Historian David Starkey describes Thomas as, "tall, well-built and with a dashing beard and auburn hair, he was irresistible to women." The perfect Tudor courtier, right? He is what we picture when thinking of the men waltzing around court and charming ladies into their arms. Sir Nicholas Throckmorton, a contemporary of Thomas, described him as, "hardy, wise and liberal... fierce in courage, courtly in fashion, in personage stately, in voice magnificent, but somewhat empty of matter." Was Throckmorton implying that Seymour lacked the right mindset for success in these hard times? It certainly sounds like it, and it seems that it proved to be true, unfortunately for the dashing Seymour. Here are the events leading up to Thomas Seymour's downfall and destruction - which was swift, surprising, and controversial among his peers.
It came as somewhat of a shock when Thomas Seymour wooed Henry VIII's widowed queen into his arms. When the king died in 1547, he left behind him a great amount of wealth, jewels, and luxuries for the woman who had nursed him in his sickly old age. However, it wasn't just these generous things that Catherine Parr desired, it seemed. Some say that Catherine had already been in love with Thomas Seymour before her marriage to the king, but in any case, he certainly won her over very quickly after she was widowed. In April 1547 (only three months after the king's death), Catherine and Thomas secretly married and took up residence at Sudeley Castle. At this point, he had already made advances towards Princess Elizabeth and Princess Mary (both of which were unsuccessful). Marrying Catherine was certainly not settling, however. He was still marrying well above what would have been expected, and many people questioned the hasty marriage once word about it leaked. Not only did it make Catherine look bad for marrying so hastily after her late husband's death; it made Thomas seem like a social-climbing, power-hungry, and overly-ambitious - which was, arguably, true.
2. Inappropriate Behavior with Princess Elizabeth
After Elizabeth Tudor dodged Thomas' advances and proposals of marriage, she may have believed she was safe from any future trouble or complications with him. However, they were just beginning. Shortly after his marriage to Catherine, he took both Princess Elizabeth and her cousin Lady Jane Grey into his residence. Both girls were his and Catherine's wards, but he did not always treat Elizabeth as a ward should be treated. In fact, at times he was downright inappropriate with her. According to reports, he would often sneak into Elizabeth's bedchamber to bid her a good morning - while tickling, playfully spanking, or otherwise awkwardly playing with her while she was still in her nightgown! Elizabeth's governess, Kat Ashley, would implore Thomas to leave Elizabeth be, but Thomas would simply say that he had every right to see and interact with his ward (and step-niece). Unfortunately, even when Catherine was informed, the behavior didn't stop - it only worsened. The matter only resolved itself when Catherine claimed to catch Elizabeth in Thomas' arms - then sending her away, both to protect her marriage and the princess' reputation. To this day, details of the behavior between Thomas and Elizabeth remain unclear, but it certainly shows an overfamiliarity from Thomas.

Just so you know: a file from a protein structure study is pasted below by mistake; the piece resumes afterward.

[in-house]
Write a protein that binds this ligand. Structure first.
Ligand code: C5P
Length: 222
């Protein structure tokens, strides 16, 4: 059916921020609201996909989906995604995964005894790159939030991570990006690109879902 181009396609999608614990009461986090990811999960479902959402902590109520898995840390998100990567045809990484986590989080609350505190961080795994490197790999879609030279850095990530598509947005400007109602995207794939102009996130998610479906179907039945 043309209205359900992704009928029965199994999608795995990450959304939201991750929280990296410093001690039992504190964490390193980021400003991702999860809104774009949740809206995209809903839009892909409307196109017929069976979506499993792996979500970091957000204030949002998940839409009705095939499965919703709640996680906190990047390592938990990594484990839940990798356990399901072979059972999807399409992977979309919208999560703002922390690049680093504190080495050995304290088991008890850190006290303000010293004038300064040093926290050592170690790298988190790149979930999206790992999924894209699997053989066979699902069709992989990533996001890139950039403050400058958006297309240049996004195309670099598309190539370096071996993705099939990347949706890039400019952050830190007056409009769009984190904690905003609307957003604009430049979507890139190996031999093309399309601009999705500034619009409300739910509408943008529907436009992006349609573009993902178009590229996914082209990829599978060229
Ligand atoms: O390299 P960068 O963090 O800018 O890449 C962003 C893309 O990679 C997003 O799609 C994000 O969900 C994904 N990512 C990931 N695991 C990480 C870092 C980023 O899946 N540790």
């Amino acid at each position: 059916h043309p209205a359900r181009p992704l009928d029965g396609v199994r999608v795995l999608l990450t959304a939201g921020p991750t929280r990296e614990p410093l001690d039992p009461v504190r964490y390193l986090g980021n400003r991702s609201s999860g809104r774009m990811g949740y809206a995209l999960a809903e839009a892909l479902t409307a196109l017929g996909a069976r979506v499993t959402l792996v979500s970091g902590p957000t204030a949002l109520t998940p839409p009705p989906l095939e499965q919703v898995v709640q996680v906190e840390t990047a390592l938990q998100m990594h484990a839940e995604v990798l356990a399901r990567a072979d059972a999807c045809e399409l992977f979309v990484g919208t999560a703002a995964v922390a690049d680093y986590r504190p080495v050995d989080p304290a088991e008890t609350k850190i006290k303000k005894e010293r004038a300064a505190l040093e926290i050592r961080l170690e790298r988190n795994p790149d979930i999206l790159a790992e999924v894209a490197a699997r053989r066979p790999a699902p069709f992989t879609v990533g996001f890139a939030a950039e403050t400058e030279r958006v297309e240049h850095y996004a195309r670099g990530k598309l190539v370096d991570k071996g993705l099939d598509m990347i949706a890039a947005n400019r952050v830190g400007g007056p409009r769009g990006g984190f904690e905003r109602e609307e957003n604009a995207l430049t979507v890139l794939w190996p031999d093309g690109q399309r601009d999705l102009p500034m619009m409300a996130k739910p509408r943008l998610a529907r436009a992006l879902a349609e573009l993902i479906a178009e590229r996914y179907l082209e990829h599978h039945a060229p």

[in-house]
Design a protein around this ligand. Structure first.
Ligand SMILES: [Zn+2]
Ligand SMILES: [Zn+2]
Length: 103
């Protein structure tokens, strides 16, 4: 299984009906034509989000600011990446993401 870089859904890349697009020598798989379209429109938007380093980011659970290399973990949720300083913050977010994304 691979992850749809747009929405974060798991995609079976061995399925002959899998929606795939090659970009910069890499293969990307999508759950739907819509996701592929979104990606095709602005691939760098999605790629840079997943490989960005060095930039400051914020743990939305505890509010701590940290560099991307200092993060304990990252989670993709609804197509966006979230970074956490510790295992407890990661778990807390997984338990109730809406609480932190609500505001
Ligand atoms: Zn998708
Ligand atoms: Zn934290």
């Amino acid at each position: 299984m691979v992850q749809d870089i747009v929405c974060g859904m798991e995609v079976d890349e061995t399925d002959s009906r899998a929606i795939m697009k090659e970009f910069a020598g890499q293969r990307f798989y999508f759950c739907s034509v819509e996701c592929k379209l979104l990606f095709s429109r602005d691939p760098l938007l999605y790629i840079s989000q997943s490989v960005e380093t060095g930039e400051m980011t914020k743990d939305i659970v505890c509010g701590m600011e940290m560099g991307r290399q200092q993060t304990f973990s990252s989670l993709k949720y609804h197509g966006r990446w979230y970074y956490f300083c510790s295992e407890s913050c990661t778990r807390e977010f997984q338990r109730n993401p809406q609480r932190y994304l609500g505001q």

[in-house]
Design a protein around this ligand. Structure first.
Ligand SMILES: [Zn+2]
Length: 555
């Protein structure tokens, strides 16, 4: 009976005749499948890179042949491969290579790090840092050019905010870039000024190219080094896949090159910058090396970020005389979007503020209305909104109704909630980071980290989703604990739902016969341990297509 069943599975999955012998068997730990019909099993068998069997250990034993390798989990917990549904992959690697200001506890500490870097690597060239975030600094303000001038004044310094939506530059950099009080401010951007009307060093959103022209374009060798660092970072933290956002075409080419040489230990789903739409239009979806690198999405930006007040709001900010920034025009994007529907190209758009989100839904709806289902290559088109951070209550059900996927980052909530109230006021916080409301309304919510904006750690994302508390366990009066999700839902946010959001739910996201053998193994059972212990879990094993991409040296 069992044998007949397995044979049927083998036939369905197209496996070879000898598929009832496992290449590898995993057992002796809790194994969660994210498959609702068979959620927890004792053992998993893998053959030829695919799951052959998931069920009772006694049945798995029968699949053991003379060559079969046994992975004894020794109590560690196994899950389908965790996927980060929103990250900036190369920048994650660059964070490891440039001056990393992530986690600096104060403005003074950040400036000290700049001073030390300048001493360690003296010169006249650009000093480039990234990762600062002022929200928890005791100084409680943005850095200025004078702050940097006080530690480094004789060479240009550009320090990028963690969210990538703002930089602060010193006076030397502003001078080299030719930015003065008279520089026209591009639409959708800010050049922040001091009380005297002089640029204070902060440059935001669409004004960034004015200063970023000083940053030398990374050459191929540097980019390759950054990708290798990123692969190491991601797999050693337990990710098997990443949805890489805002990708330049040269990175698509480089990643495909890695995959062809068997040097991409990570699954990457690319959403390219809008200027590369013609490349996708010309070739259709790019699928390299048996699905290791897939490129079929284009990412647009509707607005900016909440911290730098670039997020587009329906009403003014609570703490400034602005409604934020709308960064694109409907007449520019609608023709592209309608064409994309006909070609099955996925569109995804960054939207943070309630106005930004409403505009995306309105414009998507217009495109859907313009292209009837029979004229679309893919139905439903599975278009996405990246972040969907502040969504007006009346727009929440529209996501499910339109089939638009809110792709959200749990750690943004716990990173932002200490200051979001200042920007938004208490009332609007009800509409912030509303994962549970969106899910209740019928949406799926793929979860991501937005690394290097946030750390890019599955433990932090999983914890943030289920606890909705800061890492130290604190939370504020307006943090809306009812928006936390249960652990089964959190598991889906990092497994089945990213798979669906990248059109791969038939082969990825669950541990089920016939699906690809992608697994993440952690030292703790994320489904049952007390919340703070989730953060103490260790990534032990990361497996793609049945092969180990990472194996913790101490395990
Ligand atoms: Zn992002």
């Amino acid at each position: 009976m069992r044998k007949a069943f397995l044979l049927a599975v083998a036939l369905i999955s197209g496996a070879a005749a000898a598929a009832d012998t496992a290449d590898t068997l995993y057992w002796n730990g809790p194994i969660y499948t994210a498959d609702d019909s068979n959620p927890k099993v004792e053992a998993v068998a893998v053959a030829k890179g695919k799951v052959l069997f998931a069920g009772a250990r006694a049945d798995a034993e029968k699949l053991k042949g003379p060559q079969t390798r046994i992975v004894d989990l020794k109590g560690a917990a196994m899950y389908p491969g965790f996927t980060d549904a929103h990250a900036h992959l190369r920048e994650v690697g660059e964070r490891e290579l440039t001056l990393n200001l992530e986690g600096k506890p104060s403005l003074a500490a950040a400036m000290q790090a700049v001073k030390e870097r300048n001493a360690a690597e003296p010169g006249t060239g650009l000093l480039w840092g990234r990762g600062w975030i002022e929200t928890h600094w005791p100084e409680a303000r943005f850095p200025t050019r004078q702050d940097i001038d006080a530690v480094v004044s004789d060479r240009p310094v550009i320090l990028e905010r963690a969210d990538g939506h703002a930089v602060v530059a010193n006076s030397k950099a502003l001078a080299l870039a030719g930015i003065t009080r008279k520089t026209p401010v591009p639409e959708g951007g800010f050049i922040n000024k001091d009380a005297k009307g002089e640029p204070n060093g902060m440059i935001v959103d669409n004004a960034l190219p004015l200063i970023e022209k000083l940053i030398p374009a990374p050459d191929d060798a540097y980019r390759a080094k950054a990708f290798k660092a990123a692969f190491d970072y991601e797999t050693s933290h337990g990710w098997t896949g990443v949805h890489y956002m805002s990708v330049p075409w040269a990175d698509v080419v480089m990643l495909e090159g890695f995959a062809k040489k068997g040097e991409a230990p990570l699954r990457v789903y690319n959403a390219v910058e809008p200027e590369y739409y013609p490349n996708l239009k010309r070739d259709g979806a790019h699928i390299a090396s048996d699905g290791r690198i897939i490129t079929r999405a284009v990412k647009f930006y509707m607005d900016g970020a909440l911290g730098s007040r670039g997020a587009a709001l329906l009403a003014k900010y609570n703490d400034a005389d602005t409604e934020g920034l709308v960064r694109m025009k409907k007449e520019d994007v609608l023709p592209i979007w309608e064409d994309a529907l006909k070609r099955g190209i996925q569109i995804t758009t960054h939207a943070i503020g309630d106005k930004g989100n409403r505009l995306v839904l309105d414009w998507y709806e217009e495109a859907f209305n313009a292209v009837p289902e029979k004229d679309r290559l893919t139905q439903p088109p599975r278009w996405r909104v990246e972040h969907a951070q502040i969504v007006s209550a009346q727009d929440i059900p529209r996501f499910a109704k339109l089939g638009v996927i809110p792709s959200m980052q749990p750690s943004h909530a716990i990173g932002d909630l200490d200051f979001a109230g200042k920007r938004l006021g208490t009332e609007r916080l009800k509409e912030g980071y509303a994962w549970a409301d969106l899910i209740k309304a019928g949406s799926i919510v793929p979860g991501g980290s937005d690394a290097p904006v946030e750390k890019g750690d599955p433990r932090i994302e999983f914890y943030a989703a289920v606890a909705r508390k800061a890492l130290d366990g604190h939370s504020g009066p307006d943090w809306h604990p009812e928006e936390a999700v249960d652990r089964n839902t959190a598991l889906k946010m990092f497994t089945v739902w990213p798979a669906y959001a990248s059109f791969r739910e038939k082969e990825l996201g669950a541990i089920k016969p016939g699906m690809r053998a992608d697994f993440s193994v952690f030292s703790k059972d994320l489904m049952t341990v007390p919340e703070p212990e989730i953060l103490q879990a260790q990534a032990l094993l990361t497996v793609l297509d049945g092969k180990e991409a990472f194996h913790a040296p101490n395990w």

As if Thomas Seymour's behavior hadn't already been controversial - and as if he wasn't already walking on thin ice - he chose to make one of the most absurd decisions in 1549, the year after Catherine died upon giving birth to their daughter. Thomas had already attempted to overthrow his brother, who held the most powerful position at court as Lord Protector, influencing the young King Edward VI in his policy and running of the government. Because of Thomas' known envy and bitterness towards his brother, he was already being watched carefully, and was an untrustworthy figure. Maybe the knowledge of people's opinions towards him made Thomas react drastically. Whatever the reason, his decision to break into Edward VI's apartments at Hampton Court Palace on 16 January 1549 was destined for failure. Indeed, when Edward's spaniel awoke and found an intruder, his barking elicited Thomas to kill the dog, for fear of being bitten. When the king woke in fear, the guards were already there, arresting Thomas and sending him swiftly to the Tower of London.
Of course, after these events led to Thomas' imprisonmen, there was still a chance that he would get out of the charges and return to a free life. After all, he was the uncle of the king and the brother of the Lord Protector - surely, he would be spared? Not so. In fact, he was accused of thirty-three charges of treason, and although the death warrant experienced a delay from both Edward Seymour and Edward VI, it was eventually signed and Thomas was sent to the executioner's block on 20 March 1549. His material possessions were confiscated by the Crown, and his title "Baron of Sudeley" was passed on to Catherine Parr's brother, William. The execution was an ugly one - taking two blows to sever Thomas' head, and it was also unpopular. Many people could not believe the cruelty of both the king and Lord Protector in signing the death warrant of a member of their own blood.
So, Thomas Seymour led a dangerous and immature life, in the minds of many historians - and history enthusiasts, like myself. In my opinion, there couldn't have possibly been any other fate for the man who thought himself so much higher than he really was, and who was wiling to go to such risky lengths for a bit more power and wealth.
"This day died a man with much wit and very little judgment." - Princess Elizabeth